The Big Sit! 2009 Statistics

These statistics reflect information submitted by reporting circles. As teams continue to report their Big Sit! results, the statistics on this page will change to reflect up-to-the-minute information.

Team Information: Twitching Talons

Captain: Derek Stoner
Location: Hockessin, Delaware (United States)

Team Checklist

  1. Great Blue Heron Ardea herodias
  2. Black Vulture Coragyps atratus
  3. Turkey Vulture Cathartes aura
  4. Snow Goose Chen caerulescens
  5. Canada Goose Branta canadensis
  6. Wood Duck Aix sponsa
  7. Mallard Anas platyrhynchos
  8. Osprey Pandion haliaetus
  9. Bald Eagle Haliaeetus leucocephalus
  10. Northern Harrier Circus cyaneus
  11. Cooper's Hawk Accipiter cooperii
  12. Sharp-shinned Hawk Accipiter striatus
  13. Broad-winged Hawk Buteo platypterus
  14. Red-shouldered Hawk Buteo lineatus
  15. Red-tailed Hawk Buteo jamaicensis
  16. Golden Eagle Aquila chrysaetos
  17. Peregrine Falcon Falco peregrinus
  18. American Kestrel Falco sparverius
  19. Merlin Falco columbarius
  20. Killdeer Charadrius vociferus
  21. American Woodcock Scolopax minor
  22. Ring-billed Gull Larus delawarensis
  23. Herring Gull Larus argentatus
  24. Great Black-backed Gull Larus marinus
  25. Rock Pigeon (Feral Pigeon) Columba livia
  26. Mourning Dove Zenaida macroura
  27. Eastern Screech-Owl Megascops asio
  28. Great Horned Owl Bubo virginianus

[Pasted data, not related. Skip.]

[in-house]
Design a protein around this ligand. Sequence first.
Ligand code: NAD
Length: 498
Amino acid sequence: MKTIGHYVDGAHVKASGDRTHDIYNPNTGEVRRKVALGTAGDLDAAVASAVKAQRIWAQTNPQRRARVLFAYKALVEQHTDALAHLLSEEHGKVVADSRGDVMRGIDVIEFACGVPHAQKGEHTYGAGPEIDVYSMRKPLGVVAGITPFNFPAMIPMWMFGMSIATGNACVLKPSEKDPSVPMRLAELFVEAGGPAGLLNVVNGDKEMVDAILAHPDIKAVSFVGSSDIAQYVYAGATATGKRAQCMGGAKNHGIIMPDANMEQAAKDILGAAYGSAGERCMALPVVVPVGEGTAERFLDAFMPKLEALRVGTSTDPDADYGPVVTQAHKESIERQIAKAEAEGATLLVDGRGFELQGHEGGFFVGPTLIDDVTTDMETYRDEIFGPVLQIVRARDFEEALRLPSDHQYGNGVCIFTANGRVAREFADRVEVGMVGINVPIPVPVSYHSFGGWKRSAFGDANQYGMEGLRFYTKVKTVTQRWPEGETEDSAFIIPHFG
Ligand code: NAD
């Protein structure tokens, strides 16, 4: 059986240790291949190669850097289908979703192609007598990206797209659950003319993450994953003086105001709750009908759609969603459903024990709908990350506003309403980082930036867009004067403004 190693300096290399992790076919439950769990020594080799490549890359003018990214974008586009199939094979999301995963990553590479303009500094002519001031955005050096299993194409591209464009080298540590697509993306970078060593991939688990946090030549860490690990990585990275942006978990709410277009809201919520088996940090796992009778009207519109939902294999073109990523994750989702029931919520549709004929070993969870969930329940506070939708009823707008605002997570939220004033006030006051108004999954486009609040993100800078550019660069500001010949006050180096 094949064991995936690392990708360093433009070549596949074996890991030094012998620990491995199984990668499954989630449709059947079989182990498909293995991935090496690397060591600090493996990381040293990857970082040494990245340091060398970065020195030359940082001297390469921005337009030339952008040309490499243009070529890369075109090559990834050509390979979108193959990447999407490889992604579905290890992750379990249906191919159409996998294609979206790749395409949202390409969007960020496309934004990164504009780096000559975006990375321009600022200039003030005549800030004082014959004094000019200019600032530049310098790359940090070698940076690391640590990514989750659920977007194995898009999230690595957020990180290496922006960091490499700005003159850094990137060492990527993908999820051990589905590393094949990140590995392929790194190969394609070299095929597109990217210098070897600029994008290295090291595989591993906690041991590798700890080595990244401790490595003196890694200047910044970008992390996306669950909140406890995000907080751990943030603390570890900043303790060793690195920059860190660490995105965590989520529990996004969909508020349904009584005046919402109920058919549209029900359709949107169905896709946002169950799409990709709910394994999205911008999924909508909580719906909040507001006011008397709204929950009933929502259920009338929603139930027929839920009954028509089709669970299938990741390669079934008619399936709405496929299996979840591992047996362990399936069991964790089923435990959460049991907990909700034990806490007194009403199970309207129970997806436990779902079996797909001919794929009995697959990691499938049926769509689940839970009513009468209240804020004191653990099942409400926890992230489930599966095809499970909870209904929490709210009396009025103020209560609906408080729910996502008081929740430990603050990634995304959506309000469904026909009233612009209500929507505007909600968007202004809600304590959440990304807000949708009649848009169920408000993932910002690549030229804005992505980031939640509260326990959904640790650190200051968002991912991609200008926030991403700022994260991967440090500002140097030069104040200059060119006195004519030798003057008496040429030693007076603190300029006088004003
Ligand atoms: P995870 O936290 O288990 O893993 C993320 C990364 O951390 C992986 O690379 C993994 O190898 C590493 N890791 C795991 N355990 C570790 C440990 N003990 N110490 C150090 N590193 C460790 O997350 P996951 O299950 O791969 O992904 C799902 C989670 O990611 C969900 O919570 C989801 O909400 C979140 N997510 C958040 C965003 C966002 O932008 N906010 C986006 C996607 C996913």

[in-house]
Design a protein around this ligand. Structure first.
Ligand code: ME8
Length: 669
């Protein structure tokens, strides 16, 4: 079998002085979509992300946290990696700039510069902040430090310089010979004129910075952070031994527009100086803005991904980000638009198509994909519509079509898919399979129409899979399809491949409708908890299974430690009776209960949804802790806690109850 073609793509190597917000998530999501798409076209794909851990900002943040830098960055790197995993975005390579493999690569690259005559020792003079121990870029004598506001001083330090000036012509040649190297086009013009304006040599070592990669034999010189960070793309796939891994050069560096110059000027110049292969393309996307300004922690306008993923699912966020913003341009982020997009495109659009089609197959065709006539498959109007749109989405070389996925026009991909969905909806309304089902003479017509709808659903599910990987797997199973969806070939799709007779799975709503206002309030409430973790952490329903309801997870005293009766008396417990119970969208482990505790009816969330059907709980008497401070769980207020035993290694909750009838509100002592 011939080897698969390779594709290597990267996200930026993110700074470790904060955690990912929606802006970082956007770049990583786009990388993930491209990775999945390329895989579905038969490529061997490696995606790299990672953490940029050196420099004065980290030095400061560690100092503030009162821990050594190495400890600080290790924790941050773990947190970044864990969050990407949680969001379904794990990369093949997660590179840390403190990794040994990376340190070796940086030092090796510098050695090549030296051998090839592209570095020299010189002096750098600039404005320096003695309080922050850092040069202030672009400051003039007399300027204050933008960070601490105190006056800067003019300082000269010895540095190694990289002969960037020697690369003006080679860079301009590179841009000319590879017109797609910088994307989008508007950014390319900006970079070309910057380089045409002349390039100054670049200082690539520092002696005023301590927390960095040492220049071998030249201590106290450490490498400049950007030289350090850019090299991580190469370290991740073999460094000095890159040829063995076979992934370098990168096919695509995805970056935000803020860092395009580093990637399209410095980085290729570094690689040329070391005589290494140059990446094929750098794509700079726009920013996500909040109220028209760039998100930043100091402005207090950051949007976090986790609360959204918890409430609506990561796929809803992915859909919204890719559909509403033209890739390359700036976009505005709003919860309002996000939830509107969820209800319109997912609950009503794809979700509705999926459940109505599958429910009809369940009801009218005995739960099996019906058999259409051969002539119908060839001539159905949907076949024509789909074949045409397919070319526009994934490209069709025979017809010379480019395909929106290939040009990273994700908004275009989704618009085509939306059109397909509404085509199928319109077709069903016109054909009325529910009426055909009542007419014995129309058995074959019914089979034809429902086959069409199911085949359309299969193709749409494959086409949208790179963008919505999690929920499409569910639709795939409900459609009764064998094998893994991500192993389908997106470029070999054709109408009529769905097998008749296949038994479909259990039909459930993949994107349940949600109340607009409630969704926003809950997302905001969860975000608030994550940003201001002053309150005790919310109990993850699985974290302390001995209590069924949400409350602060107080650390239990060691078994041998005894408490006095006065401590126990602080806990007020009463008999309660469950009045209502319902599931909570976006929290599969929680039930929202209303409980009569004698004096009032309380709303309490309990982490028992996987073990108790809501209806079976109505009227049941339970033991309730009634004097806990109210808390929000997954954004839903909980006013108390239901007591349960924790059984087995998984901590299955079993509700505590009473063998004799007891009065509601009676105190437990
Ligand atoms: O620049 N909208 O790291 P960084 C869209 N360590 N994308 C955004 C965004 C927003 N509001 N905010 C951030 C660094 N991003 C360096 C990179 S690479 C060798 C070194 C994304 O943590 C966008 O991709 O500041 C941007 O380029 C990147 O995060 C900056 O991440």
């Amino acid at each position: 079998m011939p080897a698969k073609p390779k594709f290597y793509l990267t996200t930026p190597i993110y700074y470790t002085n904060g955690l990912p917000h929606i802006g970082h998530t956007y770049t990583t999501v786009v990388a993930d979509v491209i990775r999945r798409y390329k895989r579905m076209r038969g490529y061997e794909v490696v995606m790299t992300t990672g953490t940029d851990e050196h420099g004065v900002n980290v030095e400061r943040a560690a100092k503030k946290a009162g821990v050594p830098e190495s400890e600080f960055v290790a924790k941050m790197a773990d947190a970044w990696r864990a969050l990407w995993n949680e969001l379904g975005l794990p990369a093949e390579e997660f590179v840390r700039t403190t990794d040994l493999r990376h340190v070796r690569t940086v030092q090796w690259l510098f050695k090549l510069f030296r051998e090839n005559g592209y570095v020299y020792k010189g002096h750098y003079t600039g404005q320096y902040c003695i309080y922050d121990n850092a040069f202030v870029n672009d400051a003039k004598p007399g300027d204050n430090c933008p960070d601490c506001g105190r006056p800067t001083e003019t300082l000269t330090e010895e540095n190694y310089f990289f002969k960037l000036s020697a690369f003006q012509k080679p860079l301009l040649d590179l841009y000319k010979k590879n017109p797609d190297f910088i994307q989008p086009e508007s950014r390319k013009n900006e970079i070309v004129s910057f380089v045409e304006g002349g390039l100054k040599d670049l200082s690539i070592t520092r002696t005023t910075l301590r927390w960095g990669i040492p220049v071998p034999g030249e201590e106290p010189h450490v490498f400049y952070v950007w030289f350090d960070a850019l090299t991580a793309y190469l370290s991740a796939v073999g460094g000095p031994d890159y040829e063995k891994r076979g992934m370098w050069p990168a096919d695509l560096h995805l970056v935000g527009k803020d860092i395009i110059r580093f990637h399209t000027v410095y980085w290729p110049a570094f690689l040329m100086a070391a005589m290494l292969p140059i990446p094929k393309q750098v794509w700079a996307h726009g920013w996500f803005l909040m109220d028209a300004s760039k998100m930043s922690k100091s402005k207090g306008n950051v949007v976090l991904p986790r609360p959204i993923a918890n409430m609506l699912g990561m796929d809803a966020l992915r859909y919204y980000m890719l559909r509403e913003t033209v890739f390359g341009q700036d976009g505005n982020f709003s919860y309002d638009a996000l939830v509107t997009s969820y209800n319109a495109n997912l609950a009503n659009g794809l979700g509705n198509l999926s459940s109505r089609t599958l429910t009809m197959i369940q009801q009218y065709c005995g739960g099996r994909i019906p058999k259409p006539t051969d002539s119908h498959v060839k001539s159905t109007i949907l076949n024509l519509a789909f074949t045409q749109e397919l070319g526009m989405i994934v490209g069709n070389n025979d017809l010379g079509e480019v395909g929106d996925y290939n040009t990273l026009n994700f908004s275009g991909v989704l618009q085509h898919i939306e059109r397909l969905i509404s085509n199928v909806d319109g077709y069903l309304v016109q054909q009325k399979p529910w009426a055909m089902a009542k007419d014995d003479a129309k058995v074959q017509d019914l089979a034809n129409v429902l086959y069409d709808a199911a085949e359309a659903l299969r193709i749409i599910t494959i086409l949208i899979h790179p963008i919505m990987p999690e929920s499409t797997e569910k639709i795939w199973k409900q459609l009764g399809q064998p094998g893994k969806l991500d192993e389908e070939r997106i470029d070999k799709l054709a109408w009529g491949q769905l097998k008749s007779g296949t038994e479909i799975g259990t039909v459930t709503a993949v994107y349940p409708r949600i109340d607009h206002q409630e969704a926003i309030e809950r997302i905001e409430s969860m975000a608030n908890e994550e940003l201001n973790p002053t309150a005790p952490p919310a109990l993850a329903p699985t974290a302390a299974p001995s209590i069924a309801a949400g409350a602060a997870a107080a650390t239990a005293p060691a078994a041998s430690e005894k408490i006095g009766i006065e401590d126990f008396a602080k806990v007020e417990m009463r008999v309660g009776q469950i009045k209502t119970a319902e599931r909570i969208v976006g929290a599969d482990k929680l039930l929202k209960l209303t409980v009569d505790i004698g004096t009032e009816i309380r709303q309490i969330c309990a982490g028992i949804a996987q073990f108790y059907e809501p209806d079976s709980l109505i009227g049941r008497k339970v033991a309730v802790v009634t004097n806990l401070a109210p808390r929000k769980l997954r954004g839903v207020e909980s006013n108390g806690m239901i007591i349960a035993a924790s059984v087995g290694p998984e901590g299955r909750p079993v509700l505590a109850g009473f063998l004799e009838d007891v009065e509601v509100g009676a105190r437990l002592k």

29. Barred Owl Strix varia
  30. Chimney Swift Chaetura pelagica
  31. Belted Kingfisher Megaceryle alcyon
  32. Red-bellied Woodpecker Melanerpes carolinus
  33. Yellow-bellied Sapsucker Sphyrapicus varius
  34. Downy Woodpecker Picoides pubescens
  35. Hairy Woodpecker Picoides villosus
  36. Northern Flicker Colaptes auratus
  37. Pileated Woodpecker Dryocopus pileatus
  38. Eastern Phoebe Sayornis phoebe
  39. Blue-headed Vireo Vireo solitarius
  40. Blue Jay Cyanocitta cristata
  41. American Crow Corvus brachyrhynchos
  42. Tree Swallow Tachycineta bicolor
  43. Carolina Chickadee Poecile carolinensis
  44. Tufted Titmouse Baeolophus bicolor
  45. White-breasted Nuthatch Sitta carolinensis
  46. Brown Creeper Certhia americana
  47. Carolina Wren Thryothorus ludovicianus
  48. Winter Wren Troglodytes hiemalis
  49. House Wren Troglodytes aedon
  50. Golden-crowned Kinglet Regulus satrapa
  51. Ruby-crowned Kinglet Regulus calendula
  52. Eastern Bluebird Sialia sialis
  53. Veery Catharus fuscescens
  54. Swainson's Thrush Catharus ustulatus
  55. Gray-cheeked Thrush Catharus minimus
  56. Hermit Thrush Catharus guttatus
  57. Wood Thrush Hylocichla mustelina
  58. American Robin Turdus migratorius
  59. Gray Catbird Dumetella carolinensis
  60. Northern Mockingbird Mimus polyglottos
  61. European Starling Sturnus vulgaris
  62. Cedar Waxwing Bombycilla cedrorum
  63. Black-throated Blue Warbler Setophaga caerulescens
  64. Yellow-rumped Warbler Setophaga coronata
  65. Black-throated Green Warbler Setophaga virens
  66. Palm Warbler Setophaga palmarum